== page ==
In an update on the human rights situation in Gaza, the Rights chief said that the Israeli blockade continued to significantly impact the human rights situation in Gaza. Thoughthere was a moderation of the policy relating to the movement of goods in June, nosignificant change in the blockade regime occurred. From June to October, the monthly average of truckloads entering Gaza equalled 65 per cent of the monthly average before the blockade. Restrictions on exports remained, with afew exceptions, as did restrictions on cement and construction materials, therebyimpeding reconstruction and economic recovery. "Economic and social rights, such as the rights to work and food, were acutely affected." The unemployment rate was estimated at more than 44 per cent of Gaza's workforce. Nearly 1.1 million Palestinians relied on United Nations food assistance. Access toelectricity improved, yet supply still fell short of demand by around 30 per cent. As of 1September, four to six-hour blackouts affected Gaza on a daily basis. Restrictions on movement continued to negatively impact the right to health. BetweenFebruary and October, three patients died while requests for permits to travel to the WestBank, Israel or abroad were delayed. For instance, a 2-year-old child with cancer,scheduled to receive chemotherapy on 6 October, died on 16 October after her permit wasdelayed. "Seven hundred and twenty-six Gazans remained detained in Israel, in contravention of article 76 of the Geneva Convention relative to the Protection of Civilian Persons in Timeof War (Fourth Geneva Convention)." The report notes that indiscriminate rocket and mortar fire from Gaza continued. Duringthe reporting period, Palestinian militants launched an estimated 275 rockets and mortarsin the direction of Israel. The report also highlights other issues of particular concern, such as that the Governmentof Israel continued to restrict access to the 300-metre-wide "buffer zone," areas locatedup to about 1,500 metres from the barrier around Gaza, and sea areas beyond threenautical miles from shore. The IDF (Israeli Defence Forces) regularly fired shots in thedirection of Palestinians near these areas, in some cases directly targeting them. "The manner in which the 'buffer zone' was enforced raises serious legal concerns. In particular, the use of live ammunition against civilians violates the prohibition ontargeting civilians unless they are directly taking part in hostilities," said the HighCommissioner, adding, "Many of these incidents constitute a violation of the right to lifeand may also amount to extrajudicial executions." The report also finds that on 15 April, the de facto authorities in Gaza executed two men.Three further men were executed on 17 May. According to information collected byOHCHR (Office of the High Commissioner for Human Rights), the de facto authorities'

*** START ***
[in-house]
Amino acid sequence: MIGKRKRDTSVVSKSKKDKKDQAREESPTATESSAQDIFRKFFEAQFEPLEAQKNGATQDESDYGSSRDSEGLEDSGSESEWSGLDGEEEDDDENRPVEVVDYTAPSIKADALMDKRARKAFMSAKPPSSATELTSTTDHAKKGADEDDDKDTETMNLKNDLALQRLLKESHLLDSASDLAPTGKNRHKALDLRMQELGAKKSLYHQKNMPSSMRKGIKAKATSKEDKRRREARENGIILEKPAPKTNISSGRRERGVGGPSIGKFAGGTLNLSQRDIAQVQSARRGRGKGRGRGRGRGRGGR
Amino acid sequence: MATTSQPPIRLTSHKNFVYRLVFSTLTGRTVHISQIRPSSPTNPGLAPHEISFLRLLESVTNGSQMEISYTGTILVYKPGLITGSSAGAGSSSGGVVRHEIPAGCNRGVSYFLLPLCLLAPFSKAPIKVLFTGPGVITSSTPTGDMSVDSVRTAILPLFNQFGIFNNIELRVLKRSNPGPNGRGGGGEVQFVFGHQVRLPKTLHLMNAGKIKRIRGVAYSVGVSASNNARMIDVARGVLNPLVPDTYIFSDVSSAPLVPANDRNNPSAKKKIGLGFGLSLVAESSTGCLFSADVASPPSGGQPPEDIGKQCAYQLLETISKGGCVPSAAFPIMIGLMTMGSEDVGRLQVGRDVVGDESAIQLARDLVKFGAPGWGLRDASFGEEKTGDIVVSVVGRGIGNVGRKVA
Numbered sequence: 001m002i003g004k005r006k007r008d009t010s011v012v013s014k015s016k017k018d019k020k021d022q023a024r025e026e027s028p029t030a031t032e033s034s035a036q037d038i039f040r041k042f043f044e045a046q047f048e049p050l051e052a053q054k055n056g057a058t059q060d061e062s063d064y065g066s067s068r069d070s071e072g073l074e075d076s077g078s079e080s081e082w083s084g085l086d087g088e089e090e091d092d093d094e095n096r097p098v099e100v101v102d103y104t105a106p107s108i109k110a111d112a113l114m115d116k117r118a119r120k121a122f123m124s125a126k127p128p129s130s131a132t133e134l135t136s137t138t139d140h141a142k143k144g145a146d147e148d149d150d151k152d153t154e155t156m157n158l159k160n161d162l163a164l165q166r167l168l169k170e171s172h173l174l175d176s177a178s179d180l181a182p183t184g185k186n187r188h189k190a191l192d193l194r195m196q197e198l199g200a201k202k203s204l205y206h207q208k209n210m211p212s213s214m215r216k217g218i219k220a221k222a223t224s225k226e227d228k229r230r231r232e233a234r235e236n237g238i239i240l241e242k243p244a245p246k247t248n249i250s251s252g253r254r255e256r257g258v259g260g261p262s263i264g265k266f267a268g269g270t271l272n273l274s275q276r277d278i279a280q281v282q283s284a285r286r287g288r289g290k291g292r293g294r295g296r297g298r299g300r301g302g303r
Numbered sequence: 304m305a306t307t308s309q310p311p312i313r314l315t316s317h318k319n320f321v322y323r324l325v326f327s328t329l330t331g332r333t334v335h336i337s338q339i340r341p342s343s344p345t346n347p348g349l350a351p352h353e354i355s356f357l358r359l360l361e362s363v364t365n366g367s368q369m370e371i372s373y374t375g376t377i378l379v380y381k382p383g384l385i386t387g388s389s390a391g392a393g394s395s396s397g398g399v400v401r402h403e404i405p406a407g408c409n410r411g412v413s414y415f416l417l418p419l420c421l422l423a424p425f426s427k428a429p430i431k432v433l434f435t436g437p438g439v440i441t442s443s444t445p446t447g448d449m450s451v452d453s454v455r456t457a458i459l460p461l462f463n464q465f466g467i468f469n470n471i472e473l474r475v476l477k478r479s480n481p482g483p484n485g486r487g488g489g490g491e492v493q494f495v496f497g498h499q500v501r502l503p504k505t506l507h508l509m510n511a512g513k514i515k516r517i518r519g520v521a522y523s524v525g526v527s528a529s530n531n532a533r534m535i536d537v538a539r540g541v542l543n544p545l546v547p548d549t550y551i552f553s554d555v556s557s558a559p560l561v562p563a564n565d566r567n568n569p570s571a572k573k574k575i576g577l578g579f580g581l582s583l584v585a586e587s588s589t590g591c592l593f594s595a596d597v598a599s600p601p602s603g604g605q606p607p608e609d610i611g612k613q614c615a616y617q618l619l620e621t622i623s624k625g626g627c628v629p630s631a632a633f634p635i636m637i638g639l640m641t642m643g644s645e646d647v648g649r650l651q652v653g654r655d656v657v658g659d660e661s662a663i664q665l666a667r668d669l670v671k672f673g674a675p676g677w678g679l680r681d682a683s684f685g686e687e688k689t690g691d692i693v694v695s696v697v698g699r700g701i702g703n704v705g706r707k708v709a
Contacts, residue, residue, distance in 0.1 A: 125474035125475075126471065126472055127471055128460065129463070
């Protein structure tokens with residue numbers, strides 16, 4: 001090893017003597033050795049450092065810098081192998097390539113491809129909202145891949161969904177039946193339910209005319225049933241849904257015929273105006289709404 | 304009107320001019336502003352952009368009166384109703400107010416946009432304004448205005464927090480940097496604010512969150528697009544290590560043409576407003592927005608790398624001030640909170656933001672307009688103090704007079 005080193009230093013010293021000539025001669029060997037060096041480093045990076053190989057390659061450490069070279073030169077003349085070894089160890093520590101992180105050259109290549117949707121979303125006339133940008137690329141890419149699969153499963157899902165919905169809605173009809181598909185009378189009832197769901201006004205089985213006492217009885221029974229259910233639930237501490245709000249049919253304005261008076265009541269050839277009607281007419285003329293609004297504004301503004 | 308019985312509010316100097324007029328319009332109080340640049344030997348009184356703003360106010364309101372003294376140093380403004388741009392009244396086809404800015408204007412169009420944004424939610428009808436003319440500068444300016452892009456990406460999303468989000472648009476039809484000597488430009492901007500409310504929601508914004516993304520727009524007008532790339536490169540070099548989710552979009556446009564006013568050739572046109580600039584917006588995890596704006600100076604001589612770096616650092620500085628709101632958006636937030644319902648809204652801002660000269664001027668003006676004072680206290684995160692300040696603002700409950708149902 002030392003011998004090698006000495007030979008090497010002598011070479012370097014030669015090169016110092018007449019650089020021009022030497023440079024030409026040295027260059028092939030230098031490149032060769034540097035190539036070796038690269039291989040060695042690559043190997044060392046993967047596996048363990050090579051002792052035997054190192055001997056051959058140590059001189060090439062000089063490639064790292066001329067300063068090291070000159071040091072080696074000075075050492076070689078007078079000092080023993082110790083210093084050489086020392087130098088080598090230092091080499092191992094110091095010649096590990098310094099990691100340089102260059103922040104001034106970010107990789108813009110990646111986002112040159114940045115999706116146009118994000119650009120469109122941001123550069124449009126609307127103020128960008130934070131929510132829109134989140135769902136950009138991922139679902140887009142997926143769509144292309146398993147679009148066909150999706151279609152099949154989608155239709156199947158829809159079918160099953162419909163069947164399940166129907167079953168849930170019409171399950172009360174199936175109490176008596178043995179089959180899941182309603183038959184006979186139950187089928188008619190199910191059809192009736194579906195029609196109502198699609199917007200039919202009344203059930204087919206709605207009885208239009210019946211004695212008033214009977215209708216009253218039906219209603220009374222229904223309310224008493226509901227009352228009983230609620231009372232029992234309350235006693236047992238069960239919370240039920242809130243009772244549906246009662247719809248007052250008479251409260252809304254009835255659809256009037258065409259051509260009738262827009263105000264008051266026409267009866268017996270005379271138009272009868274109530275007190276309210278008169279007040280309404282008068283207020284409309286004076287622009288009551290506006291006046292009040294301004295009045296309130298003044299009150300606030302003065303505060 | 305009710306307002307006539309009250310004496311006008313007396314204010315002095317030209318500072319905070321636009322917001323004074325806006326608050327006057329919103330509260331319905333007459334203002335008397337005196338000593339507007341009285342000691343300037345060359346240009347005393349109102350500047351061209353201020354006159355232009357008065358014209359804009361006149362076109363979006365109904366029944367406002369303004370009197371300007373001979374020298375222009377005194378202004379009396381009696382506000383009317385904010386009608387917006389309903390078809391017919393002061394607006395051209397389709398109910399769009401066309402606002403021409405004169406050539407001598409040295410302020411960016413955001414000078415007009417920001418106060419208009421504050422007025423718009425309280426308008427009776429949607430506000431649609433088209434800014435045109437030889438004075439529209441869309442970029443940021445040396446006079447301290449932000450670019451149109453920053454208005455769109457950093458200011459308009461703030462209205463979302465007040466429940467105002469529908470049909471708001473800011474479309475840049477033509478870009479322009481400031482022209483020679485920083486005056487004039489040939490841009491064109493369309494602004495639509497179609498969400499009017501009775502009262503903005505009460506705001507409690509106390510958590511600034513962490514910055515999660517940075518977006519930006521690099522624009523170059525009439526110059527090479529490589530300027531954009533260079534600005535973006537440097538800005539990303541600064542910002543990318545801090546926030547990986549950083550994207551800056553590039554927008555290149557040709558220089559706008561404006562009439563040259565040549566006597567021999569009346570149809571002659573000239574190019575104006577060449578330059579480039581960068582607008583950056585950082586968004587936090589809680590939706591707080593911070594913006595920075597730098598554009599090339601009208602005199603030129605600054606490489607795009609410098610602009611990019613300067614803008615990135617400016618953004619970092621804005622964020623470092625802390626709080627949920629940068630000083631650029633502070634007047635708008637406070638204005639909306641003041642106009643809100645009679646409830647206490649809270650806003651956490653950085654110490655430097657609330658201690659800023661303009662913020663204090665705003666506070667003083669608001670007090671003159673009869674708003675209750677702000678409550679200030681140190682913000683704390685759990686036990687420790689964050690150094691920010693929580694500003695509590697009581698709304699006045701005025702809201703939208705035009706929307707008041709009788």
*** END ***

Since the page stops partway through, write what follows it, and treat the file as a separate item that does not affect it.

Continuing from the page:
courts had delivered at least six death sentences since the beginning of 2010. Several of these sentences were delivered by military courts. Furthermore, arbitrary detention, ill-treatment and torture of detainees by different branches of the de facto authorities'security forces continued to be reported. The report also draws attention to the human rights situation in the West Bank, includingEast Jerusalem. Tension in East Jerusalem increased during the reporting period, in particular due tofrequent violence by Israeli settlers against Palestinians and their properties, thedemolition of Palestinian homes by Israeli authorities, limited access for Palestinians tothe Al-Aqsa Mosque, arbitrary detention by Israeli security forces and the occupation of Palestinian homes by Israeli settlers. These tensions often resulted in clashes involvingPalestinians, Israeli security forces and Israeli settlers, says the report. Palestinians living in East Jerusalem continued to face problems with regard to residency permits. In addition to the justifications used to revoke residency that were alreadyemployed, the case of four East Jerusalem residents, all current or former members of thePLC (Palestinian Legislative Council), revealed a new justification given for revokingresidency. "Article 49 of the Fourth Geneva Convention prohibits the forcible transfer of civilians of an occupied territory, except when necessary to ensure the security of the civiliansinvolved. The revocation of residency rights may also violate the right to privacy andfamily and a wide range of economic, social, and cultural rights," says the report.  Noting that the stated basis for the revocation of residency in these cases - the lack of loyalty to Israel - is analogous to "swearing allegiance", the report states that Article 45 of the Regulations Respecting the Laws and Customs of War on Land (Hague Regulations) prohibits forcing residents of the occupied territory to swear allegiance to the hostile power. The report also finds that forced evictions and the demolition of buildings, includinghomes, continued to take place in the West Bank, including East Jerusalem. From Januarythrough the end of November, 347 Palestinian structures were demolished in these areas(84 per cent in Area C). This represents an increase compared to the same period in 2009(265 demolitions). As a result, approximately 1,300 Palestinians, including 700 children, were forciblydisplaced or otherwise negatively affected. At the conclusion of the reporting period, theOffice for the Coordination of Humanitarian Affairs reported an increase in demolitionorders. In East Jerusalem, only 13 per cent of the land is designated for Palestinian construction.This has resulted in a housing crisis for Palestinians living in East Jerusalem. At least 28 per cent of Palestinian homes in East Jerusalem are built in contravention of the Israeli